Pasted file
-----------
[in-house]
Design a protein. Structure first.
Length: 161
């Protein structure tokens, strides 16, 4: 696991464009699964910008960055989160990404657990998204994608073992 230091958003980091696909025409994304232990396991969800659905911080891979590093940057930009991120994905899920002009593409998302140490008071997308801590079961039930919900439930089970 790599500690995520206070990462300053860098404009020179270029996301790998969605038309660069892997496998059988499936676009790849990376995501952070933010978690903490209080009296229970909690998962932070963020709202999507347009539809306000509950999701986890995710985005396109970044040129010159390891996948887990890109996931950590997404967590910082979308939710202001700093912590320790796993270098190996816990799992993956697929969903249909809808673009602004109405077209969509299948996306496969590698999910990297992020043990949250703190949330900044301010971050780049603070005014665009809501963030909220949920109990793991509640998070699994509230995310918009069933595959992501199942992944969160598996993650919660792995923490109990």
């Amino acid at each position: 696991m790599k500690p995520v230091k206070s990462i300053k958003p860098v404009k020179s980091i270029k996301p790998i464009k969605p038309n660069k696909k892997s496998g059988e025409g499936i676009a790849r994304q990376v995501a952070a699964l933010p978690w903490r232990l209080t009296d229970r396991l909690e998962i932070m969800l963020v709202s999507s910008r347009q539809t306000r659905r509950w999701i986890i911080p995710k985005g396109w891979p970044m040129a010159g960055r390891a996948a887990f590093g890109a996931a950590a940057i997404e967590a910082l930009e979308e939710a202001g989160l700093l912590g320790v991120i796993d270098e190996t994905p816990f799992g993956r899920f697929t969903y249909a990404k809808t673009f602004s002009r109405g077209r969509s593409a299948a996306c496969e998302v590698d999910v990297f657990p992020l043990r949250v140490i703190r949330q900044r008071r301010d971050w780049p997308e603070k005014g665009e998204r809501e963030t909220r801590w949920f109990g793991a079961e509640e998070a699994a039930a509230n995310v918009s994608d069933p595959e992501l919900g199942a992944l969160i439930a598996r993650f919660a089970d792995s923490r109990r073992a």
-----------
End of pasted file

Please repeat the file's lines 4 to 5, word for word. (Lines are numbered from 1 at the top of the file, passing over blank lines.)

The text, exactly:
């Protein structure tokens, strides 16, 4: 696991464009699964910008960055989160990404657990998204994608073992 230091958003980091696909025409994304232990396991969800659905911080891979590093940057930009991120994905899920002009593409998302140490008071997308801590079961039930919900439930089970 790599500690995520206070990462300053860098404009020179270029996301790998969605038309660069892997496998059988499936676009790849990376995501952070933010978690903490209080009296229970909690998962932070963020709202999507347009539809306000509950999701986890995710985005396109970044040129010159390891996948887990890109996931950590997404967590910082979308939710202001700093912590320790796993270098190996816990799992993956697929969903249909809808673009602004109405077209969509299948996306496969590698999910990297992020043990949250703190949330900044301010971050780049603070005014665009809501963030909220949920109990793991509640998070699994509230995310918009069933595959992501199942992944969160598996993650919660792995923490109990």
């Amino acid at each position: 696991m790599k500690p995520v230091k206070s990462i300053k958003p860098v404009k020179s980091i270029k996301p790998i464009k969605p038309n660069k696909k892997s496998g059988e025409g499936i676009a790849r994304q990376v995501a952070a699964l933010p978690w903490r232990l209080t009296d229970r396991l909690e998962i932070m969800l963020v709202s999507s910008r347009q539809t306000r659905r509950w999701i986890i911080p995710k985005g396109w891979p970044m040129a010159g960055r390891a996948a887990f590093g890109a996931a950590a940057i997404e967590a910082l930009e979308e939710a202001g989160l700093l912590g320790v991120i796993d270098e190996t994905p816990f799992g993956r899920f697929t969903y249909a990404k809808t673009f602004s002009r109405g077209r969509s593409a299948a996306c496969e998302v590698d999910v990297f657990p992020l043990r949250v140490i703190r949330q900044r008071r301010d971050w780049p997308e603070k005014g665009e998204r809501e963030t909220r801590w949920f109990g793991a079961e509640e998070a699994a039930a509230n995310v918009s994608d069933p595959e992501l919900g199942a992944l969160i439930a598996r993650f919660a089970d792995s923490r109990r073992a």